Speaking at Unite’s policy conference on Tuesday (July 3) Labour leader Jeremy Corbyn said the Labour Party was “back as the political voice of the working class” as he pledged to bring about “transformative change” under a future Labour government.
“I want to be a PM who’s also a trade union member,” he told conference as he highlighted the integral role trade unions must play in a revitalised Labour Party “if we really are to bring about real change in society.”
He highlighted the damage to working-class communities the Tory Party has wrought over the last decade in government — pay is lower in real terms today for most people than it was 10 years ago; trade unions have been systematically attacked through legislation; and insecure work such as bogus self-employment and zero-hours contracts has proliferated.
There are 400,000 more children growing up in poverty than there were in 2010 and for the first time in history a majority of people who are in poverty are living in working households.
“More and more workers in Britain are earning their poverty, as wages fail to provide for a decent standard of living,” he said. “And this is being made worse by the failures of Universal Credit which must now be halted.”
Corbyn pledged that his party in opposition would vote against a Tory Brexit deal that jeopardises jobs and investment.
Best Brexit deal priority
“Our priority must be to get the best deal for people’s jobs and living standards,” he said.
Corbyn outlined the Labour Party’s alternative to the Tories’ failed policies including a ’20 point plan’ that he said would “not only to redistribute wealth throughout our economy but also redistribute power to give workers more control over their lives.”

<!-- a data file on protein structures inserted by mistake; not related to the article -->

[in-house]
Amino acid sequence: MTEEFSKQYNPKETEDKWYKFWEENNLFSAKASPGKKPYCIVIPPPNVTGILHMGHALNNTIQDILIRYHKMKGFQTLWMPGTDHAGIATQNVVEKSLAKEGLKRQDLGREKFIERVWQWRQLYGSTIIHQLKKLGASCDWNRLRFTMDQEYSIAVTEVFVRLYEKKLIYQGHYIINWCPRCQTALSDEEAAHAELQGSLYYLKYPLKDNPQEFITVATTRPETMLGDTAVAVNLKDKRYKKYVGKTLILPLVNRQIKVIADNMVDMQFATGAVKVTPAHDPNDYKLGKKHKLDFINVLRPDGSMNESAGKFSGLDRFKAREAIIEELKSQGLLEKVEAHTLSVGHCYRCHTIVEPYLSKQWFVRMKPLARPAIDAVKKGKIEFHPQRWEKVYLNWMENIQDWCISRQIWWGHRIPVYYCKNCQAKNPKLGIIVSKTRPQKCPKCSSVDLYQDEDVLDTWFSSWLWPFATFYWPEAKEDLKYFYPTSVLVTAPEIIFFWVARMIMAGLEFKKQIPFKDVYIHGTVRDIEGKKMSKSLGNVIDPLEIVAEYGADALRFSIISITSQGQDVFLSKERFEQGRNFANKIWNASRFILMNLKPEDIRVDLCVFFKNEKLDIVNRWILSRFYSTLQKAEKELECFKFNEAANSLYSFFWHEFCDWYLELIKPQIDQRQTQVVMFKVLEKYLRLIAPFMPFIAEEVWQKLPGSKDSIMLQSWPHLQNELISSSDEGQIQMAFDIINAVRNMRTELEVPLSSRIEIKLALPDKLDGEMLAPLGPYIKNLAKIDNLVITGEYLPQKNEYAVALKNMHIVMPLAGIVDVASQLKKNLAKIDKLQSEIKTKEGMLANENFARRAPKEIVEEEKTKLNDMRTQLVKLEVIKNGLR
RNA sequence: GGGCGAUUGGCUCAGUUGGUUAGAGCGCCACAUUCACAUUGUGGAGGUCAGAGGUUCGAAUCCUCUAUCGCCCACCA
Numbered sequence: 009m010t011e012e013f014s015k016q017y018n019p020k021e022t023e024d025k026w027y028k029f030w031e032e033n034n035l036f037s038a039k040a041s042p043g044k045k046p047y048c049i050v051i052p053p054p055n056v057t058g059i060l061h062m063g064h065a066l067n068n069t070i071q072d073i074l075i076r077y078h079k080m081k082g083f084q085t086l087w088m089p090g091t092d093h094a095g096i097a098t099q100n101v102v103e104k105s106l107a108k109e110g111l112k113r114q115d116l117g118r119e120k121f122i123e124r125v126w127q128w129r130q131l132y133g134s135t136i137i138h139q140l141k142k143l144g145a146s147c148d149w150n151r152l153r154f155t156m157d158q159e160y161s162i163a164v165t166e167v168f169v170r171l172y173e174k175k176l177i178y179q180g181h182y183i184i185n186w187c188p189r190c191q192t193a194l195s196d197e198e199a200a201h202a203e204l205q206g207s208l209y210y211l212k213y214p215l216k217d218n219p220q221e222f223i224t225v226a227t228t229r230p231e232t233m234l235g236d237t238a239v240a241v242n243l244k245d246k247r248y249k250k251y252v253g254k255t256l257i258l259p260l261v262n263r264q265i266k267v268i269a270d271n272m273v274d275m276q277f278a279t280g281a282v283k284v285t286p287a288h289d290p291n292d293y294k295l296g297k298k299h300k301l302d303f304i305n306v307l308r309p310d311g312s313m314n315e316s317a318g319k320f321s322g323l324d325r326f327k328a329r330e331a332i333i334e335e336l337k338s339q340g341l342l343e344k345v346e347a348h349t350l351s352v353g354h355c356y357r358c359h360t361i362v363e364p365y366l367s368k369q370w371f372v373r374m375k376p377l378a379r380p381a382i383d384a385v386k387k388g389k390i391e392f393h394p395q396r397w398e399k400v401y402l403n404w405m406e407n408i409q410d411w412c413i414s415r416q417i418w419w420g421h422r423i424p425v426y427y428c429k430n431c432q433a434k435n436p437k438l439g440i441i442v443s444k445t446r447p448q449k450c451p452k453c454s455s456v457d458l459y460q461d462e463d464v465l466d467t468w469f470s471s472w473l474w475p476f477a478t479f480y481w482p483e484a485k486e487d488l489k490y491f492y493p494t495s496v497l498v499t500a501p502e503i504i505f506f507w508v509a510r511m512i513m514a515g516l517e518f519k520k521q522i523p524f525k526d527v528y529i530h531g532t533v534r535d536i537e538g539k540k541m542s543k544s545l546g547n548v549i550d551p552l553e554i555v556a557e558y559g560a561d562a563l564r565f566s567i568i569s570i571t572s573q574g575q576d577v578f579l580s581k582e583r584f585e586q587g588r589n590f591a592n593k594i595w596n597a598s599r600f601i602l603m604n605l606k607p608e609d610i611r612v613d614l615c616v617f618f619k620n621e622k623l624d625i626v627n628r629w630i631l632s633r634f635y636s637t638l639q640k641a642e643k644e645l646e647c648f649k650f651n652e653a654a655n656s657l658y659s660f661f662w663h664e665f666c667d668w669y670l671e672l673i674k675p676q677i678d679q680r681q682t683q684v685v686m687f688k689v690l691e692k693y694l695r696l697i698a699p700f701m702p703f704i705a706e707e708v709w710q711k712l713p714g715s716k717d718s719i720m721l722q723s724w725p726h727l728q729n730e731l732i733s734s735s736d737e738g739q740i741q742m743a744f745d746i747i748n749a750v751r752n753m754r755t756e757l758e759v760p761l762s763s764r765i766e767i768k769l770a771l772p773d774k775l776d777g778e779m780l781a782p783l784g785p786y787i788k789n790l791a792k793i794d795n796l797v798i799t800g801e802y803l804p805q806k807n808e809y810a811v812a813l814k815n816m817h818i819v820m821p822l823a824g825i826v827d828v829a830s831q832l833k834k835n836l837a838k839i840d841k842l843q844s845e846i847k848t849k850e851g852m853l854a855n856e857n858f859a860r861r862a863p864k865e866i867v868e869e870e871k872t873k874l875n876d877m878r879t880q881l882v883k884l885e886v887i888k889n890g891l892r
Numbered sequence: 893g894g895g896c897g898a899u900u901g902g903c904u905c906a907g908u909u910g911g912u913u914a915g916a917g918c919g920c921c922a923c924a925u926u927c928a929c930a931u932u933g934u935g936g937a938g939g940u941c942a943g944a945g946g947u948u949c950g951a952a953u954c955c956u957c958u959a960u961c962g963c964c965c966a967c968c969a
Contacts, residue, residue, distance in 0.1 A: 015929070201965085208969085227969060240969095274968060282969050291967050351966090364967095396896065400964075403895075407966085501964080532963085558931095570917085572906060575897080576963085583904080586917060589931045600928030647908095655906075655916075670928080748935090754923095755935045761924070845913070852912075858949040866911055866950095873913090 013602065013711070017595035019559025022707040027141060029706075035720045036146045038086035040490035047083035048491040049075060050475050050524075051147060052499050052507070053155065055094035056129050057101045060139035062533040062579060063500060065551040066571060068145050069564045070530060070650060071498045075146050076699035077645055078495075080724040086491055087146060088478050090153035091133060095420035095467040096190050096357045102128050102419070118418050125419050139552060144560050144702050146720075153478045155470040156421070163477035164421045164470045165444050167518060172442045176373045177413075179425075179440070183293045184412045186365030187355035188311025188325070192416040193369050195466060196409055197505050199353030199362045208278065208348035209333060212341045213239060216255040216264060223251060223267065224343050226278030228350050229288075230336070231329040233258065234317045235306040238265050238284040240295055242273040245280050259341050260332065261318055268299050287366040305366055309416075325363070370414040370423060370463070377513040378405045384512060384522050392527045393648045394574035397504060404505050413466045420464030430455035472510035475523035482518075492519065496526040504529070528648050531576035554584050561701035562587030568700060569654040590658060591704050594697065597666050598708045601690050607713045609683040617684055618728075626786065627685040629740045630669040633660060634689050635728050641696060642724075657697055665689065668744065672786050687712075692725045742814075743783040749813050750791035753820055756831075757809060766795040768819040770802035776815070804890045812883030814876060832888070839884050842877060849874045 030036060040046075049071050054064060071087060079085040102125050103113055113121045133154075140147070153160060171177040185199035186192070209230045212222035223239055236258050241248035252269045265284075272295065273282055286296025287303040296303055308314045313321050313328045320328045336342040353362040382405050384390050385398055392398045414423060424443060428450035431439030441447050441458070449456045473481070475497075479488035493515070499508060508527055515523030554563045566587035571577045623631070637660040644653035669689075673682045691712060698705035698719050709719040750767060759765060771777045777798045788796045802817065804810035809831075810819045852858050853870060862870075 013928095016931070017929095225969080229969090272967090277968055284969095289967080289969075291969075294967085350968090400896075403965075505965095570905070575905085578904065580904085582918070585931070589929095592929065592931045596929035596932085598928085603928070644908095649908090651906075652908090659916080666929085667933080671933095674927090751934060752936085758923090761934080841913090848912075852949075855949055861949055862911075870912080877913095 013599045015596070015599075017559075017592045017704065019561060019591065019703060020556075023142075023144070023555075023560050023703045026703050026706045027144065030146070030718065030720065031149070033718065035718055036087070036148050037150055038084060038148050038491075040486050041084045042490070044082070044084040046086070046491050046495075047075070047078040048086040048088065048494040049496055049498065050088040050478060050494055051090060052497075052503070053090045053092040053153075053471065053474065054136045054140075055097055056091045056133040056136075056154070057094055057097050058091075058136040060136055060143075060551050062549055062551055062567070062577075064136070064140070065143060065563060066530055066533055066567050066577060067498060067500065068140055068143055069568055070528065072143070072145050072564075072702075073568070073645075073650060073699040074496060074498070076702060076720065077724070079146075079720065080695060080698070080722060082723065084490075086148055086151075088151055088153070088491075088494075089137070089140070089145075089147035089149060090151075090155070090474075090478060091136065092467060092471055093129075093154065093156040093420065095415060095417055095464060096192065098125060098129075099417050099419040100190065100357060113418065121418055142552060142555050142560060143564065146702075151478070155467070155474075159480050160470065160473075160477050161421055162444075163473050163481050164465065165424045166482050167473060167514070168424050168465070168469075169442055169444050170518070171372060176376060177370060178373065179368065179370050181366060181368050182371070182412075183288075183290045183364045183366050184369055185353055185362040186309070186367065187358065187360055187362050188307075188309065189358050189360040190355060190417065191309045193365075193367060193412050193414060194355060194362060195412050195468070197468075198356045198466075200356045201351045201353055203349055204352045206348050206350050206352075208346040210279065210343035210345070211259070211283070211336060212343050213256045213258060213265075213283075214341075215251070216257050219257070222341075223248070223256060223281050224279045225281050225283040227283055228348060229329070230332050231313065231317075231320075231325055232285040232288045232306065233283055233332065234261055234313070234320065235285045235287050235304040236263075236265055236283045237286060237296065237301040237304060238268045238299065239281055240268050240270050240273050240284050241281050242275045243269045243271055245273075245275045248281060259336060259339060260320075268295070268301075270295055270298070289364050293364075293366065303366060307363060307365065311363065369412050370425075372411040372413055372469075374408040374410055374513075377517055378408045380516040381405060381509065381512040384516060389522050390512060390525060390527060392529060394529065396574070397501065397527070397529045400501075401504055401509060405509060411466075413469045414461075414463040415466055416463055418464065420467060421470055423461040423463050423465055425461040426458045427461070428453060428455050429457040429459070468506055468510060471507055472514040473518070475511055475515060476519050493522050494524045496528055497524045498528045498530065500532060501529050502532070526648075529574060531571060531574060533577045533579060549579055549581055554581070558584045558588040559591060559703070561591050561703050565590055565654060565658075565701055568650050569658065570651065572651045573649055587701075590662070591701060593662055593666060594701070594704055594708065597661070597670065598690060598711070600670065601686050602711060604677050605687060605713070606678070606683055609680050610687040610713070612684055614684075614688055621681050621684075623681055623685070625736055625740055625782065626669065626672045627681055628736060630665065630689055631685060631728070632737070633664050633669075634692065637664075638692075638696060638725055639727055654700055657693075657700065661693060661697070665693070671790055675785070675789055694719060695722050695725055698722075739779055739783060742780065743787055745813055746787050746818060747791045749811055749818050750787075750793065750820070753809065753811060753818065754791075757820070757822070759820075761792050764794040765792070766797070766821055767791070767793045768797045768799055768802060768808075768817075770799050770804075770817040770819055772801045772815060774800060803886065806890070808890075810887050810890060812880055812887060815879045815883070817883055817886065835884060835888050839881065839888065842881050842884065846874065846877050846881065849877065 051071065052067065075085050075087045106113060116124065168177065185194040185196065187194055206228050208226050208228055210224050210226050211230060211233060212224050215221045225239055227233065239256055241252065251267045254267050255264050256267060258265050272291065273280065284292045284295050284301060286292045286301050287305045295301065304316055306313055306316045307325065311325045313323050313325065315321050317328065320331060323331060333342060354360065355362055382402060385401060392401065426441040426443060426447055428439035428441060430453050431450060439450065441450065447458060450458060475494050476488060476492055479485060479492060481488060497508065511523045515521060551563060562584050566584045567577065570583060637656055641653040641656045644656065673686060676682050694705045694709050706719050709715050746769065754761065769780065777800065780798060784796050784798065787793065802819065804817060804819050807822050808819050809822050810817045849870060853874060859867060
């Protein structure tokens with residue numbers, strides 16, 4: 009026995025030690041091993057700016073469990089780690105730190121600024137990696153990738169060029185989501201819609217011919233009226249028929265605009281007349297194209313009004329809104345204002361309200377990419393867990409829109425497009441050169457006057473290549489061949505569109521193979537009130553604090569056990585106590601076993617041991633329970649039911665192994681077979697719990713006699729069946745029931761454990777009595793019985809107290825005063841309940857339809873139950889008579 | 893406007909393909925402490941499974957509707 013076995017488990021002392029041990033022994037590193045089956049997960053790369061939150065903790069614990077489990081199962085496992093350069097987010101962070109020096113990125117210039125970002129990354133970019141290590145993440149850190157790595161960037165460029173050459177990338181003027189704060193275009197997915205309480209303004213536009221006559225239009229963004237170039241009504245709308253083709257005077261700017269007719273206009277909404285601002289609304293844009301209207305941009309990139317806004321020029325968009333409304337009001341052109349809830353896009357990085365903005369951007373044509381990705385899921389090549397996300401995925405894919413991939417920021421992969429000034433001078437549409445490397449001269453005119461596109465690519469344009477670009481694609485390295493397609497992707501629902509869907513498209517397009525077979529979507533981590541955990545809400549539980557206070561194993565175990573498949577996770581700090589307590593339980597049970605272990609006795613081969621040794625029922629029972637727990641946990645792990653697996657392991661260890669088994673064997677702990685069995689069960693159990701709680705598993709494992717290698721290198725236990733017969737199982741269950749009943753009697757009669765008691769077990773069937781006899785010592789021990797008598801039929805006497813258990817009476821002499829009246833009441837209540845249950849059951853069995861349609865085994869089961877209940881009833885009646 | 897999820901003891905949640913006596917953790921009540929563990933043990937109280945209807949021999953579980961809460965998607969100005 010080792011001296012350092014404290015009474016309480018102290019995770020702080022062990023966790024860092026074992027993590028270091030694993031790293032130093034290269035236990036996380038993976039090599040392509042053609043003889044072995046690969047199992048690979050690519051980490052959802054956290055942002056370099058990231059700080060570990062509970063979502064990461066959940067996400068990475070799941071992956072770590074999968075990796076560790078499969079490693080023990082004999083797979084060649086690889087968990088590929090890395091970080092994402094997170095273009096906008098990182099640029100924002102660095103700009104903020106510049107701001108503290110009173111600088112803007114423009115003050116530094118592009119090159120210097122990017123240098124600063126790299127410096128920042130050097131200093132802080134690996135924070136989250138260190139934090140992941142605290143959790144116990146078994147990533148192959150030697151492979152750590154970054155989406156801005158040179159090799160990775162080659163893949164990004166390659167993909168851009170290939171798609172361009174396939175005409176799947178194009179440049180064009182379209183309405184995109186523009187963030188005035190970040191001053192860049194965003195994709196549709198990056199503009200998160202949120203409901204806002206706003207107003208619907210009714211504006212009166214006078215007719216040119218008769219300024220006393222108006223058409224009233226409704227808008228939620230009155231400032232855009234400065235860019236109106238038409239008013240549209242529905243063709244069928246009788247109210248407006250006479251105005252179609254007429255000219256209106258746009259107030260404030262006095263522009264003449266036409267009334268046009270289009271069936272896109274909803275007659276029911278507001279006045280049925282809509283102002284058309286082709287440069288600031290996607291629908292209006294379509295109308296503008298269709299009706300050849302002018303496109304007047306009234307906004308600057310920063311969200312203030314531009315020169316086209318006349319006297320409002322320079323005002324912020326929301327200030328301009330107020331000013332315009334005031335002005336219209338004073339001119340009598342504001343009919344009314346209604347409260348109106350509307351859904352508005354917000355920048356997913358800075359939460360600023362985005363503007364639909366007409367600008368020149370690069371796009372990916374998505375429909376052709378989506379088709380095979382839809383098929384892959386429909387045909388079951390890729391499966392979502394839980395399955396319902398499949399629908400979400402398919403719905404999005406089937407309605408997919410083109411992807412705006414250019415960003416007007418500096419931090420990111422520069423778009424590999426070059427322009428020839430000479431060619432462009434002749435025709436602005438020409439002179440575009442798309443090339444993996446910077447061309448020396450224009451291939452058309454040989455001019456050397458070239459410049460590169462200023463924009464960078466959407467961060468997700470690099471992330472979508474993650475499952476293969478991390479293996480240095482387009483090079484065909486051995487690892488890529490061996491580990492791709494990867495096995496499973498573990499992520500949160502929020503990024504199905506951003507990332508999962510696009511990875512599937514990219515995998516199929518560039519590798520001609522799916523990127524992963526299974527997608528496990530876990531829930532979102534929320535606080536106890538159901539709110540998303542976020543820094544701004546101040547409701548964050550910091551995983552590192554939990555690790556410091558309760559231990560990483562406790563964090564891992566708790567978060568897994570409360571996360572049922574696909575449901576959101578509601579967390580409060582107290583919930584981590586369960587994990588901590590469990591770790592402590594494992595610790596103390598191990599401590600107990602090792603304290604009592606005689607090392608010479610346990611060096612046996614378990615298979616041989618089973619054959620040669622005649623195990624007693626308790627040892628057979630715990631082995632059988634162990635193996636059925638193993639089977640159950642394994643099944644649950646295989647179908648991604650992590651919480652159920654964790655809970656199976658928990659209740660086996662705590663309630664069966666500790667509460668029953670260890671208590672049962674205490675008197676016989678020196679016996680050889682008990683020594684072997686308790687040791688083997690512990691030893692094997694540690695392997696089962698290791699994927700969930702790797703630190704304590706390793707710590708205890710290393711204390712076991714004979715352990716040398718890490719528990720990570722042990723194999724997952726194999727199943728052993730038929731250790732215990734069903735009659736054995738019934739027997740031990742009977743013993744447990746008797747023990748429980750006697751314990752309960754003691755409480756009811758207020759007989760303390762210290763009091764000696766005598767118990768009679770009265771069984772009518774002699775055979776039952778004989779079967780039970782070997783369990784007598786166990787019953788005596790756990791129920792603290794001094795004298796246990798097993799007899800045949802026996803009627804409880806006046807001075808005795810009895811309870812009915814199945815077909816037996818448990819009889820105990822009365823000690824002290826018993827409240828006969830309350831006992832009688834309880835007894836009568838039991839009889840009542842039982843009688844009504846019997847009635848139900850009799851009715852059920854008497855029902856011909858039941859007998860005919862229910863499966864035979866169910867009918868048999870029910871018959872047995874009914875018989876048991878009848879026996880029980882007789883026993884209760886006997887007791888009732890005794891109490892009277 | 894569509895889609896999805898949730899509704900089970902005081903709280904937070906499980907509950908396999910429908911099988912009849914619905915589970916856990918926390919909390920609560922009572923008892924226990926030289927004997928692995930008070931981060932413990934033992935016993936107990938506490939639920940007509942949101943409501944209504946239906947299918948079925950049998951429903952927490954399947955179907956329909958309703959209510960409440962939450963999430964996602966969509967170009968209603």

A future Ministry of Employment would bring back sectoral collective bargaining, ban zero hours contracts and introduce a real living wage of at least £10 an hour by 2020.
A Build it in Britain campaign would use “public money and public enterprise to drive the engine of the private sector” creating a “virtuous circle” as part of a strong industrial strategy that invests in skills and secure, well-paid jobs.
Corbyn emphasised the partnership between Labour and trade unions.
“If Labour wins a majority in Parliament at the next election we will not be able to carry out the far-reaching changes and reforms we need to make without the help of the labour and trade union movement.,” he said. “We will work with you — the voice of organised labour in this country, every step of the way, to ensure the best possible outcomes for working people.”
Hailed Unite’s successes
He hailed Unite for its recent successes — for winning the London Living Wage for young workers at Greenwich Leisure Limited, as well as winning union recognition at Ryanair and winning a Tribunal case for pipe fitter Russ Blakely, which set a precedent against bogus self-employment.
Corbyn noted the importance of organising in both our workplaces and our communities, and held up Unite Community as a shining example of “bringing people together and organising them to campaign on issues facing them and their communities.”
Concluding his speech to a standing ovation, Corbyn said that “tinkering around the edges is no longer enough.
“We must be more transformative than any government that has gone before if we are going to create a society that is based on equality social justice and respect for all,” he said. “That is the mission of Unite and the trade union movement. That is the mission of the Labour Party.
“We can win the next election whenever it comes by our work now in challenging injustice, poverty and inequality, showing people that hope can replace fear.”